A study from Deloitte of 600 “decision-makers responsible for energy management practices” found that there is an understanding that electricity costs are essential to “creating and maintaining [a] competitive advantage.”
The firm found that 79 percent of 600 decisions makers surveyed feel that reducing energy costs is essential to maintaining a competitive advantage and 77 percent consider reducing costs essential to financial competitiveness, according to The Wall Street Journal report on the study. The percentage who see energy costs as an essential element to financial competitiveness is down 4 percent from the 2014 edition of the study, the story said.
The bottom line is that businesses have bought into energy management, according to Marlene Motyka, the writer of the column and co-author of the study: “The findings suggest a big shift in that thoughtful deliberate energy consumption has permeated the business psyche, and companies, by and large, now consider energy management an essential aspect of corporate strategy.”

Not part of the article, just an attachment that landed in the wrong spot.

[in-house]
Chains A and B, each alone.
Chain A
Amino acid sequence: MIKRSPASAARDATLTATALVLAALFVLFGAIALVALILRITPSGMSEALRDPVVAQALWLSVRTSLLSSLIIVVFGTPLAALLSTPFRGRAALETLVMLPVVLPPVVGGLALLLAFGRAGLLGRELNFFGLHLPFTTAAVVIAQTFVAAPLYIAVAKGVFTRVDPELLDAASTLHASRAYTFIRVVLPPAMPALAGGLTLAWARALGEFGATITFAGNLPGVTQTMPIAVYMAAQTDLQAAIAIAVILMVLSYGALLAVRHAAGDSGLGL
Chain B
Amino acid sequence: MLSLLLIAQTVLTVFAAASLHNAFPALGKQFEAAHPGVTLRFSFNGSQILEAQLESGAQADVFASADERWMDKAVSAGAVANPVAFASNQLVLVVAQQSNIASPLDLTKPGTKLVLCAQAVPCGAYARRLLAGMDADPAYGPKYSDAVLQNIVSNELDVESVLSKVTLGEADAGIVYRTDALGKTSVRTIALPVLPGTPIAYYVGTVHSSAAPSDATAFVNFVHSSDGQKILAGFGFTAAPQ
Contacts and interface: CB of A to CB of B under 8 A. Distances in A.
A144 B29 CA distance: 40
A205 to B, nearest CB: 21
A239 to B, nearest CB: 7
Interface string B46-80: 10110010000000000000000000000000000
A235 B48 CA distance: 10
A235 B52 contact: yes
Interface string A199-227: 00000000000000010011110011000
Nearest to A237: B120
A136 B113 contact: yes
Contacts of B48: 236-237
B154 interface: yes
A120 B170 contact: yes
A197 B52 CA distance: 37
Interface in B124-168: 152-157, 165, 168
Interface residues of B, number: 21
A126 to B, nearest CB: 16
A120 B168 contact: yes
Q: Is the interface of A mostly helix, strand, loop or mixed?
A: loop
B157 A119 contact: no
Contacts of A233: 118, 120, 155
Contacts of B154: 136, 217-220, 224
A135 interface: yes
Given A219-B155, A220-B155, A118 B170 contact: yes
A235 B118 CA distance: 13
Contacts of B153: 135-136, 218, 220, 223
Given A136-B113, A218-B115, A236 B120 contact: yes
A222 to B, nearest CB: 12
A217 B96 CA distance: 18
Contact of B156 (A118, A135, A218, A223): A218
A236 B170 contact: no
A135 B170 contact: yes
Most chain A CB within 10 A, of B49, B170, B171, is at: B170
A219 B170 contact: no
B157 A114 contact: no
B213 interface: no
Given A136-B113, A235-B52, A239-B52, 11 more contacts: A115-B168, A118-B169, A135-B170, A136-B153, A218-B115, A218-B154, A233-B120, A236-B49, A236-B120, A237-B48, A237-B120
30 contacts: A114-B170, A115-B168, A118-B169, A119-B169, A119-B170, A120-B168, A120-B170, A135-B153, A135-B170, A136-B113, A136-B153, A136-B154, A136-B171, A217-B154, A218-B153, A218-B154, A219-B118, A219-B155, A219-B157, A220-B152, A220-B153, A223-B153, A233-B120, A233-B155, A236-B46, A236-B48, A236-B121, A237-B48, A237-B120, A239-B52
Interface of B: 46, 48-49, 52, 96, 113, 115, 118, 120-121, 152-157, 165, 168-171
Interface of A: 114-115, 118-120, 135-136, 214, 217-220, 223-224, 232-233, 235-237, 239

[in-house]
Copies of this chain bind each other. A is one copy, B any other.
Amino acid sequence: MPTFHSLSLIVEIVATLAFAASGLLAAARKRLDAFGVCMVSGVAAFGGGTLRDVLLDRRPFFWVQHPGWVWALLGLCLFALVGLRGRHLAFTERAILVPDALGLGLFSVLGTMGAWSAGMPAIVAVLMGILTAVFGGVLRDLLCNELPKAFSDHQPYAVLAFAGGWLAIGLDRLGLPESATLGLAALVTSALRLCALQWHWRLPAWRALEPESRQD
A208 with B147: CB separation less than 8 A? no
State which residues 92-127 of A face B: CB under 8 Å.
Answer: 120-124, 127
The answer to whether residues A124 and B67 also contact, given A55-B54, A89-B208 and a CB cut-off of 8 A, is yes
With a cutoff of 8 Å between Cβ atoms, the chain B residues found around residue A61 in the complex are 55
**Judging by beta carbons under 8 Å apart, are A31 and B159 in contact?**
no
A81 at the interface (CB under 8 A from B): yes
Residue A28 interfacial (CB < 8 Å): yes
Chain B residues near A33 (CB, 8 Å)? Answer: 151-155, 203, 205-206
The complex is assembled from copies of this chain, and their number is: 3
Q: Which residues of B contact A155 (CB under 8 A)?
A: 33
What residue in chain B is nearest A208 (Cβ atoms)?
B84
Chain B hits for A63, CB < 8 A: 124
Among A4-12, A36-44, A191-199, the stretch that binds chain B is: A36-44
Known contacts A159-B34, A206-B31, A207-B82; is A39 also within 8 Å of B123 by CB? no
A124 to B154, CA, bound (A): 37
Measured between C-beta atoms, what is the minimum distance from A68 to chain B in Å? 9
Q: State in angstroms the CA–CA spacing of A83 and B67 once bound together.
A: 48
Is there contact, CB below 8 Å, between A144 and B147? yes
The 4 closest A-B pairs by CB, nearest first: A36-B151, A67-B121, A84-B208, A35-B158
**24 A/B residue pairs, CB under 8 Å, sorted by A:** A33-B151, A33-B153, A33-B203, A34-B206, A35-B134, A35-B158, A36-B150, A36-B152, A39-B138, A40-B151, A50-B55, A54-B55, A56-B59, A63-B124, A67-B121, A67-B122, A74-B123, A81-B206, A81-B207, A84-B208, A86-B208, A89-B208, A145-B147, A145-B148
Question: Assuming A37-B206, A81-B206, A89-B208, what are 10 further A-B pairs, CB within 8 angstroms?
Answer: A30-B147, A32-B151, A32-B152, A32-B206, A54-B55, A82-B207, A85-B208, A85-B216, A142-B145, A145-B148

A chart illustrates the feelings of energy managers. It asked if energy management is a key element of corporate strategy. This year, 44 percent said yes (compared to 34 percent in 2014). An almost equal percentage — 37 percent this year, 38 percent last year — said that energy management is incorporated into their business unit strategy. This year, 16 percent said that an energy management strategy is in early development at their organization; 24 percent said so last year. Four percent said that their company had no formal management strategy both this year and last.